released in 1997 from VIRGIN RECORDS

Celebrating the blues tradition, Charlie Musselwhite releases his Pointblank Records debut, Rough News.

Rough News marks the latest step in Musselwhite's ongoing journey, exploring new regions of the blues. Here, in his own words, Charlie describes his latest project.

"This album has an international thread to it. Two of the songs were written by an Australian friend, Red Rivers, and I've gotten into a Brazilian blues style on 'Feel It In Your Heart.' Also, I'm playing more guitar. I recorded the album over three sessions, all deep in the blues, but with different feels. The Chicago session reflects the years I spent there, resulting in a tough urban blues sound. The Los Angeles session has a kind of rocky, modern feel. The songs from the New Orleans session are real swampy and laid-back.

"You don't have to be cold and hungry to know the blues. When I hear real emotion, I can't help but recognize its power. In today's world, the blues is kind of like an antidote to all the computers and things all around us that lack a human quality. It doesn't matter where you live or what kind of background you come from: when you hear the blues, it reminds you that you are human and it hooks you forever."

The blues harmonica giant has already established his worldwide reputation with over a dozen albums, as well as numerous guest appearances with friends such as Bonnie Raitt, John Lee Hooker, John Hammond, and Jimmy Witherspoon. Musselwhite's newest solo album, Rough News, brings his multifaceted talent into sharp focus.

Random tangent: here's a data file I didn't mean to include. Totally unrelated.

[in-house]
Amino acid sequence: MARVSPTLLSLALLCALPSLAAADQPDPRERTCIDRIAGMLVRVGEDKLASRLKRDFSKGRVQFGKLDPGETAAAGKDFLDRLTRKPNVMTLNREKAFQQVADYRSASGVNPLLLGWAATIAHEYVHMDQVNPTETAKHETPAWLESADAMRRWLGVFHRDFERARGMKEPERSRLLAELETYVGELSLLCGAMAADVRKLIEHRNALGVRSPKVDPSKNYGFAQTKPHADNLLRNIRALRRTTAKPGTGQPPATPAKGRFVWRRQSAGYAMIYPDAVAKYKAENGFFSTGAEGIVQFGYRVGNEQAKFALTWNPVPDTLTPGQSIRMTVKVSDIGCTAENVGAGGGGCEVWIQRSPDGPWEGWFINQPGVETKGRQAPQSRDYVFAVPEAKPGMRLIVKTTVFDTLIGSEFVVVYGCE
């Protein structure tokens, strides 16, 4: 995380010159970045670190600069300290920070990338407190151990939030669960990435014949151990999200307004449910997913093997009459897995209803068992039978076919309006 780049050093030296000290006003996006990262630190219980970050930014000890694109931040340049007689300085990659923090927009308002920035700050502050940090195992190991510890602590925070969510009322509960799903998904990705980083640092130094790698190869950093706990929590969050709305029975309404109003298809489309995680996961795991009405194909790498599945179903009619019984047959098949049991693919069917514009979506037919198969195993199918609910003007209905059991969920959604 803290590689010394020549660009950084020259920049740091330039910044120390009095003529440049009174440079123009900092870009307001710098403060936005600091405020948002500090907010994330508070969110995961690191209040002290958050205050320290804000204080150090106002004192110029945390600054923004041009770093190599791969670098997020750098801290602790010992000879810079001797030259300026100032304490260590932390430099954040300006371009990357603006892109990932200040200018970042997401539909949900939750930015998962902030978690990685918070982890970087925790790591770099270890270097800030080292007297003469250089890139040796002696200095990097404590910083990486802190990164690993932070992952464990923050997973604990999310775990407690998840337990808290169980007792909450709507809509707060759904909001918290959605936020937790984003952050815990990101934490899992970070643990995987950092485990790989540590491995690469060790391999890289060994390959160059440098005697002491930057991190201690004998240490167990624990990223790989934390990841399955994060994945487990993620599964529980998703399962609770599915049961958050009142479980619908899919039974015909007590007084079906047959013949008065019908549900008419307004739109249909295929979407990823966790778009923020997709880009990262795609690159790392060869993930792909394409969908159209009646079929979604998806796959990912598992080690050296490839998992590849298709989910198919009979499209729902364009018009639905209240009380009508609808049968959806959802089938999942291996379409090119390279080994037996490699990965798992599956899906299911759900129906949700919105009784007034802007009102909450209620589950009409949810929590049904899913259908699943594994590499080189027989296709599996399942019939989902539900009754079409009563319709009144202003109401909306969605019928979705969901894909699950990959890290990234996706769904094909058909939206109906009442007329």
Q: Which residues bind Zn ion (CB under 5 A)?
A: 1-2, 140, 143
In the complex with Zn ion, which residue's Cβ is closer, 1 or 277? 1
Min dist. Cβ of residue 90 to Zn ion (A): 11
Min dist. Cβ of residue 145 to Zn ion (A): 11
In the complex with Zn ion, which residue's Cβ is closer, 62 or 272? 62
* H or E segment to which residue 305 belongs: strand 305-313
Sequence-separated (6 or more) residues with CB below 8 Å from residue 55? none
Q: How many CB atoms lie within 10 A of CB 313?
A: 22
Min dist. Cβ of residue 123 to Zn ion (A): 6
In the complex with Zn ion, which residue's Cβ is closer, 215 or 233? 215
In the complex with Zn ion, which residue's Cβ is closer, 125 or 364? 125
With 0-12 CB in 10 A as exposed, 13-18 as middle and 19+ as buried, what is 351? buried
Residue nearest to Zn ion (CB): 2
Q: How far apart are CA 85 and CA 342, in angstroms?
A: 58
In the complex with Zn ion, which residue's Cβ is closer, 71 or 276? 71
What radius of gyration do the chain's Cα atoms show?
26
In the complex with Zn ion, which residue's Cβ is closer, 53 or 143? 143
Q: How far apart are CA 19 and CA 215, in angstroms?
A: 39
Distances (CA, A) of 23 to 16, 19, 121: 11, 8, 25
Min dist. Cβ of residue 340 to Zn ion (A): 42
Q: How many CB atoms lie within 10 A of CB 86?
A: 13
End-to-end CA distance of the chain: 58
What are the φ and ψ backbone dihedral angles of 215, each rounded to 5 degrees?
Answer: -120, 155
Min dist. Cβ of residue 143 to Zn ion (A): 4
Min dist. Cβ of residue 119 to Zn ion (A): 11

Rough News showcases his songwriting ("Feel It In Your Heart," "Rainy Highway," "Clarksdale Boogie," and the title track) as well as his undeniable genius with a harmonica (check out Musselwhite's version of Santo & Johnny's classic instrumental "Sleepwalk"). Stylistically, the album covers a wide terrain: it features the old Chicago blues favorite "Rough Dried Woman," while showing Musselwhite exploring new directions with the Brazilian-flavored "Feel It In Your Heart."

A central theme links all the varying sounds, moods, and textures on Rough News throughout, Musselwhite continues to reach deep inside in search of the blues' most essential ingredient -- raw emotion.